Amazon will have dedicated wellness spaces within buildings devoted to activities like voluntary stretching and incorporating interactive videos. Other aspects of the WorkingWell program include videos covering mindfulness practices, such as meditation, which will be available at interactive kiosks, and promoting healthier eating options and making them available to employees.
"We made hundreds of changes as a result of employee feedback," MacDougall said of the new program, which will include a WorkingWell mobile app currently being designed to provide at-home access to education and training on wellness.
Workplace safety experts say that many of the elements in the new Amazon program are common features of workplace culture where safety is a priority. In many respects, it is the sheer size of the effort that stands out and may offer the scientific and professional communities a source of data on workplace injury prevention on a new scale.
"I am not aware of any company with this many workers doing this kind of work all at once," said Deborah Roy, president of the American Society of Safety Professionals and former head of health, safety and wellness at L.L. Bean. "Just because of sheer numbers, if they do a good job collecting data and doing comparisons in a more controlled way, there is a good possibility we can learn from their implementation. ... But we need to see the published data."
Amazon said it is working with universities on workplace safety research, including understanding the mechanics behind MSD injuries, and it is working with safety and industrial health experts, but an Amazon spokeswoman declined to elaborate on any formal plans to share research, though she said it is something the company is thinking about for the future.
New employees not conditioned to do the work may be the most prone to MSDs, but as the largest hirer in the U.S., Amazon also faces the issue of an aging workforce that needs to be kept healthy in a tight, and shrinking, labor market. "You want to take the time and spend the money upfront on new workers, getting them to do the job the right way and helping them to better position themselves," Roy said, but she added of existing, older employees, "If you don't support that workforce, you won't have new young people to take their place, we just don't have volume in many parts of country."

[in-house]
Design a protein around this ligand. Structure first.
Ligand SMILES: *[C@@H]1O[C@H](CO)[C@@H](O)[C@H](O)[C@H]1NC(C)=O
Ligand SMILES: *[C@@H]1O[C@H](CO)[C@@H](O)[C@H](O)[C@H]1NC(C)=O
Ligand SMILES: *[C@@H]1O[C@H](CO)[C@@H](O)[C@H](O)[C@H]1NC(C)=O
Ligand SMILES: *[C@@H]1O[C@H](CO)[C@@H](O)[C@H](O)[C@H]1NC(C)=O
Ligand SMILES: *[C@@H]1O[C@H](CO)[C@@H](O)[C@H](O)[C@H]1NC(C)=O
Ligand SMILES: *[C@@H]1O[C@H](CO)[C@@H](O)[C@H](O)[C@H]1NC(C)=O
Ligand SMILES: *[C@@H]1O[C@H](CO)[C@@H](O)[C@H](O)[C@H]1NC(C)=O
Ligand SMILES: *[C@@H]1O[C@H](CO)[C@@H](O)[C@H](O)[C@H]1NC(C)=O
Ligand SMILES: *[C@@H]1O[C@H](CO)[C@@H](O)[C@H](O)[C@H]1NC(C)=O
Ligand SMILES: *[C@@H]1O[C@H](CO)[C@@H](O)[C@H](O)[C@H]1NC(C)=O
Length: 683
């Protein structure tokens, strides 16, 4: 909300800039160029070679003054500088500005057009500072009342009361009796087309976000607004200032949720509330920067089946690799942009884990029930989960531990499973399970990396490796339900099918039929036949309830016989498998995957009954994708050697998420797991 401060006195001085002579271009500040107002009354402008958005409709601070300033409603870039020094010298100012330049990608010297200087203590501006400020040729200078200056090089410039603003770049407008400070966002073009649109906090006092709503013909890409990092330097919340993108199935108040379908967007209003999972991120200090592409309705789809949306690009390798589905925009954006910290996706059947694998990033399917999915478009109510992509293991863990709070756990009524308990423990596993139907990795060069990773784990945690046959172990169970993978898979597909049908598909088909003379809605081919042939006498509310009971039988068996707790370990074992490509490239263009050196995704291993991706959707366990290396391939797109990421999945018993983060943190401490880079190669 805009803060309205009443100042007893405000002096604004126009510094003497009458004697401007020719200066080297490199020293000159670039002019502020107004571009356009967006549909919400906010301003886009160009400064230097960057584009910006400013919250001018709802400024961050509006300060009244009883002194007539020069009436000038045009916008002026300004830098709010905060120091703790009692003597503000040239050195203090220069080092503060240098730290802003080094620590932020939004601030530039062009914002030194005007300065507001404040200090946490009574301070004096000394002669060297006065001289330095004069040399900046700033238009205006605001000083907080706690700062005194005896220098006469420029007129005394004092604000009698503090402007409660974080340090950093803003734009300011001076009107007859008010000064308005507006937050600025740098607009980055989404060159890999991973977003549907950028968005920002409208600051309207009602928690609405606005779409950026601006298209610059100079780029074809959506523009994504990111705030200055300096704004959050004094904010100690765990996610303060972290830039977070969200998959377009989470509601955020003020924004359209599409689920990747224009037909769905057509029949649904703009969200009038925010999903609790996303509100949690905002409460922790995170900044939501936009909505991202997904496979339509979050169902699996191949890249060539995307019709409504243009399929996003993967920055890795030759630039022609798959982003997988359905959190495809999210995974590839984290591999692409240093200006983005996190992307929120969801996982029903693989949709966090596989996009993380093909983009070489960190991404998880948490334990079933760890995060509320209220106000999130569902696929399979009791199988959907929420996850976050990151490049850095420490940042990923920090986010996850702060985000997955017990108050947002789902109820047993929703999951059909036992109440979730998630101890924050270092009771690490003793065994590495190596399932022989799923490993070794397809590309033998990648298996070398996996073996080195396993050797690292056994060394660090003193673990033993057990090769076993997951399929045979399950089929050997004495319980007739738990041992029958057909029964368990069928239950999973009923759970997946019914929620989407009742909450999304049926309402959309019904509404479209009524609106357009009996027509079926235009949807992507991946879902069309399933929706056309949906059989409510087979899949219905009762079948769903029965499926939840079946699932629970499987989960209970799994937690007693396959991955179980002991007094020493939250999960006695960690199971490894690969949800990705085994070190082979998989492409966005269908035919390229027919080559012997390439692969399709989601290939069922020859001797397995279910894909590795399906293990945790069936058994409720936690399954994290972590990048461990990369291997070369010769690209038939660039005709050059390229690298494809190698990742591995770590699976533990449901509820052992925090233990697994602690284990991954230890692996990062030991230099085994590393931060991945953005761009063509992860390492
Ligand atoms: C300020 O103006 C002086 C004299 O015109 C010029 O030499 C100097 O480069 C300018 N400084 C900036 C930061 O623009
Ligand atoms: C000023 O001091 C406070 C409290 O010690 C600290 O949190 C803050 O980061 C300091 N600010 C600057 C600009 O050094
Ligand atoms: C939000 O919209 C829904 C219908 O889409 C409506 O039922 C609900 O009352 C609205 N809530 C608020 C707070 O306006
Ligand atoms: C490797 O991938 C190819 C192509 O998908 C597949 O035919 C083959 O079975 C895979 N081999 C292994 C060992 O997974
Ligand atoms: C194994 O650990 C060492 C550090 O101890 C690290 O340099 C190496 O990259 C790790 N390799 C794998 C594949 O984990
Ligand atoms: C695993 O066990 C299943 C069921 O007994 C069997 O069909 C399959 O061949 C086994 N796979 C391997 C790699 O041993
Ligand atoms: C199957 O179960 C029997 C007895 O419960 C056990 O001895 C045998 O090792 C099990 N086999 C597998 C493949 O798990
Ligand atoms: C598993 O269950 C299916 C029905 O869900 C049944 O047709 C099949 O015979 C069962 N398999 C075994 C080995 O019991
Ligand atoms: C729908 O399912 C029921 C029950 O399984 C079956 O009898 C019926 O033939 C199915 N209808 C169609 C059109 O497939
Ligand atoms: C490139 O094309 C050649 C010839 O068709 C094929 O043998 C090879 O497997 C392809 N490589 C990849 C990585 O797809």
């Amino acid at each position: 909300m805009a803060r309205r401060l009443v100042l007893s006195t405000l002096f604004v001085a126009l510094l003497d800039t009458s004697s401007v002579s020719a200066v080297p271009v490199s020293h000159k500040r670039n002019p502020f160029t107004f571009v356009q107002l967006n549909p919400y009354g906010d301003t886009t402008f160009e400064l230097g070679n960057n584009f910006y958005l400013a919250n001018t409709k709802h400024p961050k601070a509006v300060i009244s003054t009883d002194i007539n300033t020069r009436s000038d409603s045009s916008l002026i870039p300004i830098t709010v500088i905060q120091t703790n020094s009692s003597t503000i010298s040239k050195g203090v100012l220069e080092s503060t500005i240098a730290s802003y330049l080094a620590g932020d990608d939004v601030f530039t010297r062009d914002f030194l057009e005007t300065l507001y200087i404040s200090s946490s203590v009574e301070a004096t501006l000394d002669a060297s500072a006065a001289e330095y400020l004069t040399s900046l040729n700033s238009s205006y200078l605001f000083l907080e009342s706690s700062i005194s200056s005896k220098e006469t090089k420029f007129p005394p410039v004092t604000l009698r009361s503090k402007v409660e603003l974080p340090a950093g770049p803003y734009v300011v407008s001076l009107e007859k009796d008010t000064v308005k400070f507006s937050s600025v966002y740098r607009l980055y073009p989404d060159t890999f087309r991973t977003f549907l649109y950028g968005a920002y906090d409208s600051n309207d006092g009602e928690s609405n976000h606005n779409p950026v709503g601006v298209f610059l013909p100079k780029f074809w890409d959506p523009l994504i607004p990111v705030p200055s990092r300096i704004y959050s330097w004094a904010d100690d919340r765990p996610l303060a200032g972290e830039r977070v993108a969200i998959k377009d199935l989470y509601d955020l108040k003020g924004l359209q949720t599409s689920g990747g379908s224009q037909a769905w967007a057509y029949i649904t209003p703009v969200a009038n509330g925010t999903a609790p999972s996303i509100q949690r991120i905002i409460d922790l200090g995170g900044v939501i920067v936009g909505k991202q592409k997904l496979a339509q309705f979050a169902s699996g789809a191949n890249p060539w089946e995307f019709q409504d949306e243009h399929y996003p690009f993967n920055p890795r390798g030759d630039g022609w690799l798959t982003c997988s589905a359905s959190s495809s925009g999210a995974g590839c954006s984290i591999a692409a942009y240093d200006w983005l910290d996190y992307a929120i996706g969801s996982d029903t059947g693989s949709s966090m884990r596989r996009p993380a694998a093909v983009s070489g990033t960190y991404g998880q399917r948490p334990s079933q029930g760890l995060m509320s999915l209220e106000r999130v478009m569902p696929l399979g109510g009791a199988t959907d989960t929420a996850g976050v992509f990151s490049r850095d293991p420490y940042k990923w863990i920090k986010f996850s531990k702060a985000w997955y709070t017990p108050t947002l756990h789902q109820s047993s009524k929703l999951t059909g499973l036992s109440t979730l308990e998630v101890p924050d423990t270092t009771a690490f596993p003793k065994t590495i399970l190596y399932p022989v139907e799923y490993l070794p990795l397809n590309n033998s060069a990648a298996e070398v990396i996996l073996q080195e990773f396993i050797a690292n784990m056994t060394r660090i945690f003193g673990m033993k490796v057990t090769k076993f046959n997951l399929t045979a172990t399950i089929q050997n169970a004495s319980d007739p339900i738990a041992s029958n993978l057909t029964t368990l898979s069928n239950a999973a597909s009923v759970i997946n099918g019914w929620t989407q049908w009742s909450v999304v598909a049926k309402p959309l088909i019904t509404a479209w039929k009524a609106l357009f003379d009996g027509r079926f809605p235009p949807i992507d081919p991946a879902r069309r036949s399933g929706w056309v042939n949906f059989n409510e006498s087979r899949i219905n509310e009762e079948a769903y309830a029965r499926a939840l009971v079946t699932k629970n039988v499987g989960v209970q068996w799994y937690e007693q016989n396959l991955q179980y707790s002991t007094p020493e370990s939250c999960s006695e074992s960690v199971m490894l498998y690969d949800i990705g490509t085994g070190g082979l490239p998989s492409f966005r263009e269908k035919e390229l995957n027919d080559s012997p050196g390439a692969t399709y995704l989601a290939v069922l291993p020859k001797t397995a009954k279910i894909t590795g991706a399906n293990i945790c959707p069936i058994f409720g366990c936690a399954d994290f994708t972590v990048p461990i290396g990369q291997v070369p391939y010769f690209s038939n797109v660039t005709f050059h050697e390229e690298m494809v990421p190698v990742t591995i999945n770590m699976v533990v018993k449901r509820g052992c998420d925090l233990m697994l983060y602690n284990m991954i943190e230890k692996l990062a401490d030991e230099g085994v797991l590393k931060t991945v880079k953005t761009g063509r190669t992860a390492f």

Some of the technology-driven ideas to prevent injuries that Bezos outlined in the letter, such as algorithms that can rotate employees through jobs, continued to be used in a pilot phase but are not part of this program. The company is also looking at sensors that can measures risk exposure to MSDs. "We have many different pilots going on in this area ... to figure out what works best and where to expand them," MacDougall said. She added that technology being developed to reduce MSDs in the Amazon workplace, and in conjunction with universities, will ultimately be "taken out to others."
Claims that Amazon has high rates of workplace injury have persisted over the years, especially during periods of peak demand, such as the upcoming Prime Day. Amazon also has fought in the court system to keep some injury records confidential. The company also recently faced — though in the end prevailed over — a vote to unionize at an Alabama operations site, where union reps say injuries were a factor in support for their effort.
An Amazon hourly employee made available to CNBC, Jeffrey Ku, who holds the position of inbound stow and has piloted several aspects of the training program at "DEN2," one of its Denver facilities, said he hasn't had an injury on his team in the six months he has been in charge of the training.
"Fifty percent is doable," Roy said. "There have been lots of organizations that have been able to do it. It is a focus issue and has to be a value in that company."
While it may seem like a high bar, OSHA's own published research says companies with the correct safety management system in place should be able to see a 52% reduction in the injury rate.
Roy has seen the change firsthand, overseeing a warehouse program that took the operation from a rate of 12 out of 100 workers being injured doing manual labor to zero injuries over a two-year time frame. "It is to their advantage to address these issues," she said. "Supporting these individuals helps the bottom line of the company and productivity."
Ku, who has been providing "a lot of training to new hires," has found that the short videos and even the briefest of breaks to reset do help. "I am very adamant about safety, safety, safety," he said.